- ORIGIN Old English , from Latin adventus ‘arrival,’ from advenire, from ad- ‘to’ + venire ‘come.’
There are things that disrupt the way we live, relate or work. The arrival of new things are disruptive. The advent of the telegraph. This ushered in long distance communication while shortening the time that was needed for the travel of the message. Then came the radio. We no longer had to run wires to communicate long distance. Then we developed television. Now we could send information, audio and video. The arrival of these things is disruptive because it fundamentally changes the nature and mode of long distance communication.
John uses this same analogy of communication or “word” to give us an abstract illustration about the nature of Jesus’ advent and His incarnation. Advent has forever changed our mode and way of understanding and relating to God. What was veiled in metaphor and symbol. What was prophets of old communicating far off oracles has now changed. In a small stable of Bethlehem the very author writes himself into the story. His advent is the most disruptive event in the history of the universe. The Author has become the Word in his very own story. Let advent be the disruptive event God designed it to be.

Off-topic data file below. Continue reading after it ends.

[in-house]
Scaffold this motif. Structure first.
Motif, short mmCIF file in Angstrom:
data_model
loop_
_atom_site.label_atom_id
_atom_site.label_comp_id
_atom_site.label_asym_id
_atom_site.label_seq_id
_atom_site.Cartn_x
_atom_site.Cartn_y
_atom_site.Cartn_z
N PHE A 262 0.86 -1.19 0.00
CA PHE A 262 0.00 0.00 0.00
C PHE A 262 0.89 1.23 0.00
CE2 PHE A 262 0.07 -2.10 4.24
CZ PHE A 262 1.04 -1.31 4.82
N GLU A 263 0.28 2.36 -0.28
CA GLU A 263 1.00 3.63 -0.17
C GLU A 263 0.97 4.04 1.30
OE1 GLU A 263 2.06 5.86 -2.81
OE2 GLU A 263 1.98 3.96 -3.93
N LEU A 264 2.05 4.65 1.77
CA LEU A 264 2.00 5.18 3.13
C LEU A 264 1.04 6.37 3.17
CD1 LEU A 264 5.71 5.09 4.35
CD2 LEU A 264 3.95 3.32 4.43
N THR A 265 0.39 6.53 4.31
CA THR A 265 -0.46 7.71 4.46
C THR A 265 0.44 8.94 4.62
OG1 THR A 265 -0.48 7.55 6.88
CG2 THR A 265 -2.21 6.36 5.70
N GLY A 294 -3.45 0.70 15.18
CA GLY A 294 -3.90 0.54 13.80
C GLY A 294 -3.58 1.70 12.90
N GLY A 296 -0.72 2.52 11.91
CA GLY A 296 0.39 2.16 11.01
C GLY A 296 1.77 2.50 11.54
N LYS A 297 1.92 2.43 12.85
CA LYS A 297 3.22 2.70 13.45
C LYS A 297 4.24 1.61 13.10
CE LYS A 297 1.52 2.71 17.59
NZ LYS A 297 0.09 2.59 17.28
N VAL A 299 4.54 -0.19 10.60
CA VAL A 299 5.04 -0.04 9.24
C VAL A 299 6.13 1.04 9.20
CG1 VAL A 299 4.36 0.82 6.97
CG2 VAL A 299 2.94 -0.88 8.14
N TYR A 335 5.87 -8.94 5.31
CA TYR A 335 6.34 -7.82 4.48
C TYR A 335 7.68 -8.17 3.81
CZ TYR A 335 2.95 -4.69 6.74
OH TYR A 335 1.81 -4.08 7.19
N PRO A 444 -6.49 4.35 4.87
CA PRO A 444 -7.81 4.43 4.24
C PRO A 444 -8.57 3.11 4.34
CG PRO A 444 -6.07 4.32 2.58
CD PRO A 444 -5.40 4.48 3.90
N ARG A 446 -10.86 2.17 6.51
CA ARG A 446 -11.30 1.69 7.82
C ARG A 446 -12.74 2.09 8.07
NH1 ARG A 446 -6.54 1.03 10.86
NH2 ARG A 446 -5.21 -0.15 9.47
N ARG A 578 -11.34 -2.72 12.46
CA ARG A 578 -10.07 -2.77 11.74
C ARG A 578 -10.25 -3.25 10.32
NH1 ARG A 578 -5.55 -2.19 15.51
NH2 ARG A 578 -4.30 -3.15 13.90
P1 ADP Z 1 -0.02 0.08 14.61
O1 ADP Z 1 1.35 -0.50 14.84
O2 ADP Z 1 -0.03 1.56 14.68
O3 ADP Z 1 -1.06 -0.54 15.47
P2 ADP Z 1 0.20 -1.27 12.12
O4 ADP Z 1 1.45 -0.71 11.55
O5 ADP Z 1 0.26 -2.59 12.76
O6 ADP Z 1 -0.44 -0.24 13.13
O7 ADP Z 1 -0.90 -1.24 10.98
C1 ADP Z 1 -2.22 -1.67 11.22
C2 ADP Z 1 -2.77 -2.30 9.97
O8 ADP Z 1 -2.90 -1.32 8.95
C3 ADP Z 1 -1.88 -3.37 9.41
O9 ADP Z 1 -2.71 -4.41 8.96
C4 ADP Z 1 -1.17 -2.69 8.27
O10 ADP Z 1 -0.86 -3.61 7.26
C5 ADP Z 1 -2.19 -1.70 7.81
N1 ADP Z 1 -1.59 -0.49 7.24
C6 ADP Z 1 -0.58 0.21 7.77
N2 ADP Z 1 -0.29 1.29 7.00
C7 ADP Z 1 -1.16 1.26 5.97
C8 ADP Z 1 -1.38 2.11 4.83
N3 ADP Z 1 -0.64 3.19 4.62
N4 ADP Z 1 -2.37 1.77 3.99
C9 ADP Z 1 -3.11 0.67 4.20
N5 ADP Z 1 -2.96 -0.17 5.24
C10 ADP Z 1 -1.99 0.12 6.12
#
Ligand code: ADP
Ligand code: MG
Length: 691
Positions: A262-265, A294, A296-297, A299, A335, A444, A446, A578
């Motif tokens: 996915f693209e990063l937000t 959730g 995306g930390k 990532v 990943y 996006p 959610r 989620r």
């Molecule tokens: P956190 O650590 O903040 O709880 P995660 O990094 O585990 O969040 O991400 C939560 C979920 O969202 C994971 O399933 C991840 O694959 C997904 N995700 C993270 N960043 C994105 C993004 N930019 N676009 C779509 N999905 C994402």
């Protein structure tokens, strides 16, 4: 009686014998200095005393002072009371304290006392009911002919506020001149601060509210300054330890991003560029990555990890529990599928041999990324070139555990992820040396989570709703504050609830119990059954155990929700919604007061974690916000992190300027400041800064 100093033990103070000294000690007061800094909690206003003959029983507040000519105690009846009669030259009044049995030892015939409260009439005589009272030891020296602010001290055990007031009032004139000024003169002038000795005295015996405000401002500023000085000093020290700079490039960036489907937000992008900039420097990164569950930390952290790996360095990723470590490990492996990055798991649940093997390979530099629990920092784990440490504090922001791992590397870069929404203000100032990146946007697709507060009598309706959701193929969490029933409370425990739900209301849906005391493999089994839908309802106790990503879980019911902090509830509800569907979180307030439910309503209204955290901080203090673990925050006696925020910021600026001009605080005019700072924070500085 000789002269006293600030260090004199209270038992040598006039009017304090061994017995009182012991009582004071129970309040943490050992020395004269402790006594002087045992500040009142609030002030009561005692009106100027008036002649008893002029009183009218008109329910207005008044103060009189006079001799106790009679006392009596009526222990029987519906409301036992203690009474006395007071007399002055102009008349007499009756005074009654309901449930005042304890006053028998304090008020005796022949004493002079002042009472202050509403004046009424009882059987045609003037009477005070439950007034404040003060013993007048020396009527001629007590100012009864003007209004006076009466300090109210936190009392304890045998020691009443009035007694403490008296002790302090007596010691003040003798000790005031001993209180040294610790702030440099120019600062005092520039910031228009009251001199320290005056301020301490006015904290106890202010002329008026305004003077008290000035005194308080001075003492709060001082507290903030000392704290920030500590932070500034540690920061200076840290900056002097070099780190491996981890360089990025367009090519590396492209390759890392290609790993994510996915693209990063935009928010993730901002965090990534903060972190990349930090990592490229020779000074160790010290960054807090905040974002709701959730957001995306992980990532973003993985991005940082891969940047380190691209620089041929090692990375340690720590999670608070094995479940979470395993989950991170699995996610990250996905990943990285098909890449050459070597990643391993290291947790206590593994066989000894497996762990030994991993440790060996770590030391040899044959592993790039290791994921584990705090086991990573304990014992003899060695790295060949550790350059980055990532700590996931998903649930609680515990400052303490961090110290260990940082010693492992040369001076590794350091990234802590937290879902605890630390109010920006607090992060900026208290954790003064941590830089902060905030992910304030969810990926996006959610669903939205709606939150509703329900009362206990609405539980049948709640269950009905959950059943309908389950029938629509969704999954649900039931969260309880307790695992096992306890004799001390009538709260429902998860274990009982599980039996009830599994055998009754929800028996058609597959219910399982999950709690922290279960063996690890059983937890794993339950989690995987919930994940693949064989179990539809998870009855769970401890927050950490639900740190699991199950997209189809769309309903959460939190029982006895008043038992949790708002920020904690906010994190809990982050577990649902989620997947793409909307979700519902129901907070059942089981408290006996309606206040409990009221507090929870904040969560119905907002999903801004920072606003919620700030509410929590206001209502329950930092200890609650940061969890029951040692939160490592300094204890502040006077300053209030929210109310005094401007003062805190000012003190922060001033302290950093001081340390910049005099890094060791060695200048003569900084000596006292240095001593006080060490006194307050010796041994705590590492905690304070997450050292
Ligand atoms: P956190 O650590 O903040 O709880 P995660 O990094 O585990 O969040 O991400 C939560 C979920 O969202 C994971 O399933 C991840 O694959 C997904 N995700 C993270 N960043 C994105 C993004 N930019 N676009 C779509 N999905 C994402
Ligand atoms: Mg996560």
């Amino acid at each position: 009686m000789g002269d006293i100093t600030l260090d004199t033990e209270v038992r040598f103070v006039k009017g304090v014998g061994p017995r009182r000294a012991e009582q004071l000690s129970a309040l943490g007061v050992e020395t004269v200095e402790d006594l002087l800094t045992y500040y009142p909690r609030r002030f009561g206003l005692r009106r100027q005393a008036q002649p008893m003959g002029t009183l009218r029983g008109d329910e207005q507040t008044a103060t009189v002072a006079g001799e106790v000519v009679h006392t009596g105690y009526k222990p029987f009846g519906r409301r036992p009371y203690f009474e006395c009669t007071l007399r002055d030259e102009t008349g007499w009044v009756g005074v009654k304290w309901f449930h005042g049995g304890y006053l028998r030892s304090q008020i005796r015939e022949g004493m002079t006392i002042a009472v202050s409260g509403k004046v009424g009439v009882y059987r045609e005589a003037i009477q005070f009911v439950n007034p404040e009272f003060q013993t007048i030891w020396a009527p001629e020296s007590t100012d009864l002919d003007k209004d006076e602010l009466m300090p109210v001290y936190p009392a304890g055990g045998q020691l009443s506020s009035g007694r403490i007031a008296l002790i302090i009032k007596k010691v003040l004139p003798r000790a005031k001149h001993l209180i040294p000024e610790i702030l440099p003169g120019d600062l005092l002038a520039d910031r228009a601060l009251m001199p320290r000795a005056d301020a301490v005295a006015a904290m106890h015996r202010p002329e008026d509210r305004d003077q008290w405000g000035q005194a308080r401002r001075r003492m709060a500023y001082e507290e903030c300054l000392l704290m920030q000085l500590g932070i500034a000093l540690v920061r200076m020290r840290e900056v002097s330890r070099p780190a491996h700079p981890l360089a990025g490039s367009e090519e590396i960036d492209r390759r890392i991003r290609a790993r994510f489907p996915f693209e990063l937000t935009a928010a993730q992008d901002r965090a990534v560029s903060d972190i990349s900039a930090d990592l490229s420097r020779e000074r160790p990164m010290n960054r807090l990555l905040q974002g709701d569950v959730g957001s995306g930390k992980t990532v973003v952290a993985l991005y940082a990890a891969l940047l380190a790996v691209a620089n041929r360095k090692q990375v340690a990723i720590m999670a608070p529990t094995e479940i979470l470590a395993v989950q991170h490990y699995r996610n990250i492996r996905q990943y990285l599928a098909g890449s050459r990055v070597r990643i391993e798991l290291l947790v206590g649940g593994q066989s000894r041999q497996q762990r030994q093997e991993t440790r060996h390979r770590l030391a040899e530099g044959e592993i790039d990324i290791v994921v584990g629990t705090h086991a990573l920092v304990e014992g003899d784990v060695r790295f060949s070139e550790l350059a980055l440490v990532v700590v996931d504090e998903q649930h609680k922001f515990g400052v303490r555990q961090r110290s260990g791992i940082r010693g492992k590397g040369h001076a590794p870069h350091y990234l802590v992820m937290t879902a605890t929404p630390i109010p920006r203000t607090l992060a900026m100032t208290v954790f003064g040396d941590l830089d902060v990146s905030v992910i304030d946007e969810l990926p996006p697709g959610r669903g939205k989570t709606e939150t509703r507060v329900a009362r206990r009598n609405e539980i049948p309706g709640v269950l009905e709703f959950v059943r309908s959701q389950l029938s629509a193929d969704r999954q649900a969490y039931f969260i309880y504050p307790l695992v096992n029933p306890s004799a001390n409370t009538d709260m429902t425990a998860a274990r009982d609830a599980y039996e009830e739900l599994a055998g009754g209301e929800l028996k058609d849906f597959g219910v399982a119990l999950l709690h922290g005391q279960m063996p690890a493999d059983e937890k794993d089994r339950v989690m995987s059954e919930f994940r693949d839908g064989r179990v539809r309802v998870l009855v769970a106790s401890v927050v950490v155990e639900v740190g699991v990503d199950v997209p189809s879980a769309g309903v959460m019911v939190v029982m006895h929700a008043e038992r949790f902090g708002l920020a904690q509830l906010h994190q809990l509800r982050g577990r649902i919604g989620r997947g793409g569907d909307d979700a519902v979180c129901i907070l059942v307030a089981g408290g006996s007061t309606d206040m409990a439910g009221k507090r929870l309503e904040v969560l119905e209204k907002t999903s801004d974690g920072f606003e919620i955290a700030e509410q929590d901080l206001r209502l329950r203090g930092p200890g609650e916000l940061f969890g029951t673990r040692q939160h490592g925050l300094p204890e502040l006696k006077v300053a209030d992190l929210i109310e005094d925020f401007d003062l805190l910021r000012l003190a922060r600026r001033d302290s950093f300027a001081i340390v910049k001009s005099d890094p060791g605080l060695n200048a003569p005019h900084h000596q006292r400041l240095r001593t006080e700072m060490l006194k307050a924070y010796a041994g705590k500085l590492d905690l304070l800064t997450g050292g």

“…My idea of God is not a divine idea. It has to be shattered time after time. He shatters it himself. He is the great iconoclast. Could we not almost say that this shattering is one of the marks of his presence? The incarnation is the supreme example; it leaves all previous ideas of the Messiah in ruins. And most are ‘offended’ by the iconoclasm; and blessed are those who are not” – CS Lewis in “A Grief Observed”
I will put enmity between you and the woman, and between your offspring and her offspring; he shall bruise your head, and you shall bruise his heel. GENESIS 3:15
Humanity for millenia has sensed a deep inner dislocation. Things are not the way they should be. Long ago, God whispered the first promise, “It won’t always be so.”
Advent is a time in which we reflect on the once and future king. Advent comes from the Latin meaning “to come.” In advent we await the end of exile. Deep in each one of us we realize that somehow, somewhere paradise got lost and we don’t know how to find it.